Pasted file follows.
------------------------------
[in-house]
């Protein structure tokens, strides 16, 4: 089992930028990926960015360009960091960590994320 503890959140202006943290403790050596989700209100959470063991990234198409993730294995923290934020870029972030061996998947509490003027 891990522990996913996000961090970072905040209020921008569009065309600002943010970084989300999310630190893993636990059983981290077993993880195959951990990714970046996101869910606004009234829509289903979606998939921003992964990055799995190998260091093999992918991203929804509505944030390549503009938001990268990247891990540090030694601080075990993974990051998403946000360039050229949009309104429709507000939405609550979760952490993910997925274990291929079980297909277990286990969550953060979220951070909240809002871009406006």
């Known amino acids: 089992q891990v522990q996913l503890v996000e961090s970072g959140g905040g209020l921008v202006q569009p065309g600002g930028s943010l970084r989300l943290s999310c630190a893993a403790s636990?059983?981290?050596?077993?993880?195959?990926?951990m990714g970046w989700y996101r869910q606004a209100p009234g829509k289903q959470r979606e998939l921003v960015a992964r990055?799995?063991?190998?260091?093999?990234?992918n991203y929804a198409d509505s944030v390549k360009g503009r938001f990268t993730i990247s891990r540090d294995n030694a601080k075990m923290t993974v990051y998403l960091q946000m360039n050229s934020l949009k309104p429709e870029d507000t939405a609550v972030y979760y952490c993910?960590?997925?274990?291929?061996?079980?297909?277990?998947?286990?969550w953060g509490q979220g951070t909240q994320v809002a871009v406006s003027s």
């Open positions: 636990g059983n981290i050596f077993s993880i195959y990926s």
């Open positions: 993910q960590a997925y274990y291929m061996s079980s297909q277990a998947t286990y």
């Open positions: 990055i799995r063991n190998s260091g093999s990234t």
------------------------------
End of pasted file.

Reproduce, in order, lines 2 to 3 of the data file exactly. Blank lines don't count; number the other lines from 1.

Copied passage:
């Protein structure tokens, strides 16, 4: 089992930028990926960015360009960091960590994320 503890959140202006943290403790050596989700209100959470063991990234198409993730294995923290934020870029972030061996998947509490003027 891990522990996913996000961090970072905040209020921008569009065309600002943010970084989300999310630190893993636990059983981290077993993880195959951990990714970046996101869910606004009234829509289903979606998939921003992964990055799995190998260091093999992918991203929804509505944030390549503009938001990268990247891990540090030694601080075990993974990051998403946000360039050229949009309104429709507000939405609550979760952490993910997925274990291929079980297909277990286990969550953060979220951070909240809002871009406006």
């Known amino acids: 089992q891990v522990q996913l503890v996000e961090s970072g959140g905040g209020l921008v202006q569009p065309g600002g930028s943010l970084r989300l943290s999310c630190a893993a403790s636990?059983?981290?050596?077993?993880?195959?990926?951990m990714g970046w989700y996101r869910q606004a209100p009234g829509k289903q959470r979606e998939l921003v960015a992964r990055?799995?063991?190998?260091?093999?990234?992918n991203y929804a198409d509505s944030v390549k360009g503009r938001f990268t993730i990247s891990r540090d294995n030694a601080k075990m923290t993974v990051y998403l960091q946000m360039n050229s934020l949009k309104p429709e870029d507000t939405a609550v972030y979760y952490c993910?960590?997925?274990?291929?061996?079980?297909?277990?998947?286990?969550w953060g509490q979220g951070t909240q994320v809002a871009v406006s003027s």